h o m e........
p a s t   i s s u e s....
s u b m i s s i o n s....
l i n k s






Tool for Machine Operation in Modern Times.

Cooled down in jelly. A metal cyst.
Pry off the hex part and throw in tool can.
Where all the done tools call. Time on a radiator.
It kept falling out of hands. Fast taught, fist taut.
Boilers fuming in other building’s dump
keep this fussy work. A tough punch card.
Wrestling for a lute. Where’d the screw pop?
Away with the curlers. Never needed no polish.
The solution was a misery kept tight.


Tool for Alexander Scriabin

Didn’t the dot dots? Flip further for flutter.
A sprain. A chord cluster. A color on the keys.
La la la and machina. Dilly-dallying
with a lower deus, a predetermined flop.
A skip crank. Didn’t the languor sigh?
Didn’t lilting get done? A minor mutter.
A lullaby latch. Roll the prelude.
Roll it black and keep.


Tool for Better Mileage

Efficiency din. A swallow of swallows.
V gets you from A to Y. The long canyon,
chalked in torque. Foothold a canopy,
crumble down arachnid. Up is a contusion
with eight treads. Stanch the cough.
Flung plumes in a garbage echo.
Been not. Have hold. Larynx sprain
but treble. To be. Arm unbent to reach.
Finger touch on yellow. Two. Broken yellow
for clearance of time. Four. A waste
of wind. A branch further out.


Tool for Pool Drainage

Of gutter. Of oil malaise.
Trip to trap is an intestinal cavern.
Canvas. Knotted tubes soaked.
Fondle the grout grid. A drooling
unknown dropped to ten. And then.
A water procedure. A cerulean blue
in the eye. Star gaze the chemical content.
A wincing cut, a flailing shard.
The bare limb of it all. Blanched in pumps,
an excess picnic. Bucket it down.
Pill the damn porch.


Tool for Picasso’s Carnival Hacks

Harlequin dummies. A lizard skin flight. What
loops the voles bore. A dessicated canvas crusade.
Count the grommets. Count the funny barns.
A sight on the jet stream kitchen. Hard-knocks
stainless chenille. Fire the feather brigade. Forget
the Fritos. It’s a no-wash night. Keep it sooty.
Keep therapy mean. Translate: take these tights and sauté.
Not a carrier. No way a feathery bridge.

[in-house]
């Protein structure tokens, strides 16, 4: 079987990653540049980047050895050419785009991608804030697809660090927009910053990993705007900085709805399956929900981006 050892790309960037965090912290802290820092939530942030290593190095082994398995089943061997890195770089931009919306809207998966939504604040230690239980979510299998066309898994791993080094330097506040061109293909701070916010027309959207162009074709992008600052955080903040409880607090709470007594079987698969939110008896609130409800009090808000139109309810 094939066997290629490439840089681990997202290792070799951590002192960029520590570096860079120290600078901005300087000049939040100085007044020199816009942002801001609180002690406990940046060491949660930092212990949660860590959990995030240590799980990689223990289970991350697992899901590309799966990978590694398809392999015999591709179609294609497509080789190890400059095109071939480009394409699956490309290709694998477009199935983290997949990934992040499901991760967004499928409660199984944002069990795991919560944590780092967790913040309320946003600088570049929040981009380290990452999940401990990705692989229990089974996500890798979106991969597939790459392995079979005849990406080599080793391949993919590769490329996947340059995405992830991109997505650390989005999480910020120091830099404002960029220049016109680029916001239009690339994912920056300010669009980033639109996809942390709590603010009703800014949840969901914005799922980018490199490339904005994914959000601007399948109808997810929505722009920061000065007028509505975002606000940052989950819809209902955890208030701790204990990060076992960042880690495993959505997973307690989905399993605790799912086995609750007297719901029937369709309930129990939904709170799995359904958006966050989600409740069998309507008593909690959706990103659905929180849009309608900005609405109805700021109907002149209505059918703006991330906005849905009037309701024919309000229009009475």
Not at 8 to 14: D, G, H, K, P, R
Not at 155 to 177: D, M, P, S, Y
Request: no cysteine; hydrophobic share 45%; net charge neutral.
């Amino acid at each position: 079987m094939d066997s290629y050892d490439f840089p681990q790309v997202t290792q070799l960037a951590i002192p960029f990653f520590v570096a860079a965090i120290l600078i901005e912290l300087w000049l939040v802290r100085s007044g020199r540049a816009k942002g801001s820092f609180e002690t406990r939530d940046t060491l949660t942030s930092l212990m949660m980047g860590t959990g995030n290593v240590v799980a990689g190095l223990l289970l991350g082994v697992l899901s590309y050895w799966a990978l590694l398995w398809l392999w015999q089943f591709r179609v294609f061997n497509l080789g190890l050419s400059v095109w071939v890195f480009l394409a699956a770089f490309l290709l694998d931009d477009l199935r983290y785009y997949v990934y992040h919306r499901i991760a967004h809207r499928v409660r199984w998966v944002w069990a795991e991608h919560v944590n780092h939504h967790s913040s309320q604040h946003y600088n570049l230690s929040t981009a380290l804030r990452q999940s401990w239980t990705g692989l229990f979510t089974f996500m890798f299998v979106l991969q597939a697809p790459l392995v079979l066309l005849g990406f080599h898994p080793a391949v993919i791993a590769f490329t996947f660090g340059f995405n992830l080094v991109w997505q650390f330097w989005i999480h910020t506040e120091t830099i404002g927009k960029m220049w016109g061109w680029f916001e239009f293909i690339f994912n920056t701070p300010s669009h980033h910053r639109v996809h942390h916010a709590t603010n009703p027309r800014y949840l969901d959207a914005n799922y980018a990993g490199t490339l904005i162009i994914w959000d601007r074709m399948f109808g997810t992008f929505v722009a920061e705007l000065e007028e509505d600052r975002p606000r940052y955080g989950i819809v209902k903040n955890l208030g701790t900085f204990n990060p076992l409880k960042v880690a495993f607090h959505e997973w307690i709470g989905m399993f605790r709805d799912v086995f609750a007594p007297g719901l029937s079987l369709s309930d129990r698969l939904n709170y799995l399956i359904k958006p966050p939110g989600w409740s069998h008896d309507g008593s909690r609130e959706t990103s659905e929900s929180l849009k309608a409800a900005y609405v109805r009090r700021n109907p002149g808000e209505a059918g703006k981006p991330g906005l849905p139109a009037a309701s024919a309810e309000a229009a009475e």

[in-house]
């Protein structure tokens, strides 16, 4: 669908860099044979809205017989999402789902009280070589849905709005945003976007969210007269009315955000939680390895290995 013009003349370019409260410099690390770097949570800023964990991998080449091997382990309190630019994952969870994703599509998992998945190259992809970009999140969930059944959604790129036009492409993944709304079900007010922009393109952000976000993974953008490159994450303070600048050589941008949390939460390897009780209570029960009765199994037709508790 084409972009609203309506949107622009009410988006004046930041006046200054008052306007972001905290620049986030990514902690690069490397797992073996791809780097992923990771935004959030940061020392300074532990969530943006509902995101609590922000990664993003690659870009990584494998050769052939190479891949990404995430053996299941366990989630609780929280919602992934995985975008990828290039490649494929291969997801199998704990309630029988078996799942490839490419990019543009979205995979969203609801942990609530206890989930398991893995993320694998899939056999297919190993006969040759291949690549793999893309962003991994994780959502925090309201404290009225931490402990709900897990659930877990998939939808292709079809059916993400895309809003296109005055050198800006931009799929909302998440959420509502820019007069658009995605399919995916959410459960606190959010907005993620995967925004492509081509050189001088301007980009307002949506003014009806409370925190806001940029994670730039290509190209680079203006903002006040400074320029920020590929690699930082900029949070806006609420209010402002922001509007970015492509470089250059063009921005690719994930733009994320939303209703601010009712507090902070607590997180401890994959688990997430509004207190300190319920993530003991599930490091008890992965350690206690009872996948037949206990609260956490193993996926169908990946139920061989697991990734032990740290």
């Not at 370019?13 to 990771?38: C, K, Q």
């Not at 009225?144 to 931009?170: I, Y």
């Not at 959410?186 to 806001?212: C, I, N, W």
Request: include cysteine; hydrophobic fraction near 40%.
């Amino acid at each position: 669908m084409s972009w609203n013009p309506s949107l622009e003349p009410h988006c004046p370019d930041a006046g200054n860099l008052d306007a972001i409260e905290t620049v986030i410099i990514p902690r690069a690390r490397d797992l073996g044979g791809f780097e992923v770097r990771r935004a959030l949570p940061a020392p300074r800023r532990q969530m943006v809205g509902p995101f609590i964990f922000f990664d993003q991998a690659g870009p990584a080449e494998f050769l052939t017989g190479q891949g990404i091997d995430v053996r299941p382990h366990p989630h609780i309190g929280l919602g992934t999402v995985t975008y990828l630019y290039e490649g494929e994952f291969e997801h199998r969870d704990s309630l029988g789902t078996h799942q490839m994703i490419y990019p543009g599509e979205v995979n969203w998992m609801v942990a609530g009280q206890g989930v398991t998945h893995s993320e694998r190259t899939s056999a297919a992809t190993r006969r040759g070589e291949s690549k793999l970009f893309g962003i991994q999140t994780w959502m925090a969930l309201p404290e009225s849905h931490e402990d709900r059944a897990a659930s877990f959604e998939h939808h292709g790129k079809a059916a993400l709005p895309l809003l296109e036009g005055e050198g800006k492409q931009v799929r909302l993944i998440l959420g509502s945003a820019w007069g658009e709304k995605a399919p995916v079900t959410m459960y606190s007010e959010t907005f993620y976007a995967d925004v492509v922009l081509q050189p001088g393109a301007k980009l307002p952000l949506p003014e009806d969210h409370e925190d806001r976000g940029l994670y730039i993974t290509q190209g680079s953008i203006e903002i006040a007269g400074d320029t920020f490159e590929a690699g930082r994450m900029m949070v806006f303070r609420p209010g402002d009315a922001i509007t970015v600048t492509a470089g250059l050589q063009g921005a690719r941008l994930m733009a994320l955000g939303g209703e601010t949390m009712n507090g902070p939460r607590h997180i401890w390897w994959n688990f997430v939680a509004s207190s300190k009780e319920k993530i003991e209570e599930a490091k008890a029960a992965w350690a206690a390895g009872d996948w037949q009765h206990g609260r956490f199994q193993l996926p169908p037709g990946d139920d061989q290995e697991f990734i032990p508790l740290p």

Tool for Glen Campbell’s “Wichita Lineman”

An electric flute spouting keys.
Helium harmony maker. It lilts
to silver weep. Organ pipes. Key girdle.
Guitar string sprung. The leap train has left.
Water drips past hat. A hat parade.
A station to station kind of feeling.
Plank on the floorboards. Rotting beige
to blank. Wipe the paisley. Wipe down cot.


Tool for Disaster Footage

A stoppage. Claim to right to sever.
A crash fire, a latex burn. Nothing medicinal
brushing velvet. High-rise shame.
Rebar to redolence. A famous filter jack
yielding dust. Fast chasms of ruin. Disparity salute
in gray. Sterile syllable gap. Gasp,
a pucker needle. Wonder window slice. Puff
of electrical shim, and slip. What a weary
century. Glass of the silvery, plastic to malign.





Restraint, above all, must be consensual.

A slow pressure of hands lends a calmer sense to urge.

This one, he struggles but collapses in a heap.

The other, her eyes glitter – the shadow of palms, she imagines, creeping over her feet.

Caped local heroes: where are your villains in this nadir of crime?

The feast is too easily consumed, the rat now a privilege to harbor.

Empty oneself of the usual ambitions, better employ that thin rag called a tie.

All favorite film sequences are spectacular but untrue:

The best traps are hastily set,

or worse, they’re only one in a long line of bargains.




(After Mary MIss's Pool Complex, Orchard Valley, 1983-85)

Giving up on the pool
meant giving up on the complex

of vanished luxury, how ivy
flourishes just as well

in leisure's wake. The mass
of age-ruined tiles suggests

how to retreat properly
into wilderness, letting go

of safety and surrendering
explicit purpose for augury.

Rusted pipes, rusted pumps,
the graceless lunar surface

of an emptied swimming basin—
the place tells two times.

Its sunken walls snake
through the insistent forest,

left to indulge itself as dull,
a wound on green. Follow it.

Take the absent robe off the hook
and cover yourself. Concrete cleaved

and mud-veined, the weird
unwatered expanse articulated

with timber: a tall row of bare wood,
a circuitous boardwalk, the plain

square pits for socializing.
Don't worry—no one sees you.

There's nothing chatty here.
It's no one's special party.

Nothing but the reek of humid soil
and the rapid panting of locusts.

Nothing here that's finer than nature
acting as the ocean's necessary surrogate,

the important middlingness of it all,
the way things get washed out

with an inevitable lack of restraint
letting anyone in, and any thing.




Bio: Jessica Baran is the author of two poetry collections – Remains to Be Used (Apostrophe Books, 2010) and Equivalents (2013), which won the first Besmilr Brigham Women Writers Award from Lost Roads Press. She is a freelance art writer and lives with her husband and
four dogs in St. Louis, Missouri.


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